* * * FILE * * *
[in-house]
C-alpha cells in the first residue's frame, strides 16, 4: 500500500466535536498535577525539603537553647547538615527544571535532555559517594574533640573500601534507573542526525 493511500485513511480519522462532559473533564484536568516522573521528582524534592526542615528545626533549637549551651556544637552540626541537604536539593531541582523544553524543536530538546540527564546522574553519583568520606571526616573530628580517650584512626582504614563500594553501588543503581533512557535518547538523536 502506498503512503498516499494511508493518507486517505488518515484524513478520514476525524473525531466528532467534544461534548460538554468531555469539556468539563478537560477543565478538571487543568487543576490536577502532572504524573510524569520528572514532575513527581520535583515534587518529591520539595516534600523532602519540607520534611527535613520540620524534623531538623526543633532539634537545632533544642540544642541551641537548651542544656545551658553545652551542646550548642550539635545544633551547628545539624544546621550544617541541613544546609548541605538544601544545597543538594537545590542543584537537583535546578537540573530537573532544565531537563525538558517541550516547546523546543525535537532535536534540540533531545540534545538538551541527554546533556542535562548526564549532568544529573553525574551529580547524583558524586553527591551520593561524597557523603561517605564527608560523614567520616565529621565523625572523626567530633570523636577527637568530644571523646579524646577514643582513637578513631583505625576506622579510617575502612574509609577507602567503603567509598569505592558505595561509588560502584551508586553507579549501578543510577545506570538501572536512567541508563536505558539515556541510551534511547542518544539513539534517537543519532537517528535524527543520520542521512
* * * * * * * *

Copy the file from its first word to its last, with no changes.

[in-house]
C-alpha cells in the first residue's frame, strides 16, 4: 500500500466535536498535577525539603537553647547538615527544571535532555559517594574533640573500601534507573542526525 493511500485513511480519522462532559473533564484536568516522573521528582524534592526542615528545626533549637549551651556544637552540626541537604536539593531541582523544553524543536530538546540527564546522574553519583568520606571526616573530628580517650584512626582504614563500594553501588543503581533512557535518547538523536 502506498503512503498516499494511508493518507486517505488518515484524513478520514476525524473525531466528532467534544461534548460538554468531555469539556468539563478537560477543565478538571487543568487543576490536577502532572504524573510524569520528572514532575513527581520535583515534587518529591520539595516534600523532602519540607520534611527535613520540620524534623531538623526543633532539634537545632533544642540544642541551641537548651542544656545551658553545652551542646550548642550539635545544633551547628545539624544546621550544617541541613544546609548541605538544601544545597543538594537545590542543584537537583535546578537540573530537573532544565531537563525538558517541550516547546523546543525535537532535536534540540533531545540534545538538551541527554546533556542535562548526564549532568544529573553525574551529580547524583558524586553527591551520593561524597557523603561517605564527608560523614567520616565529621565523625572523626567530633570523636577527637568530644571523646579524646577514643582513637578513631583505625576506622579510617575502612574509609577507602567503603567509598569505592558505595561509588560502584551508586553507579549501578543510577545506570538501572536512567541508563536505558539515556541510551534511547542518544539513539534517537543519532537517528535524527543520520542521512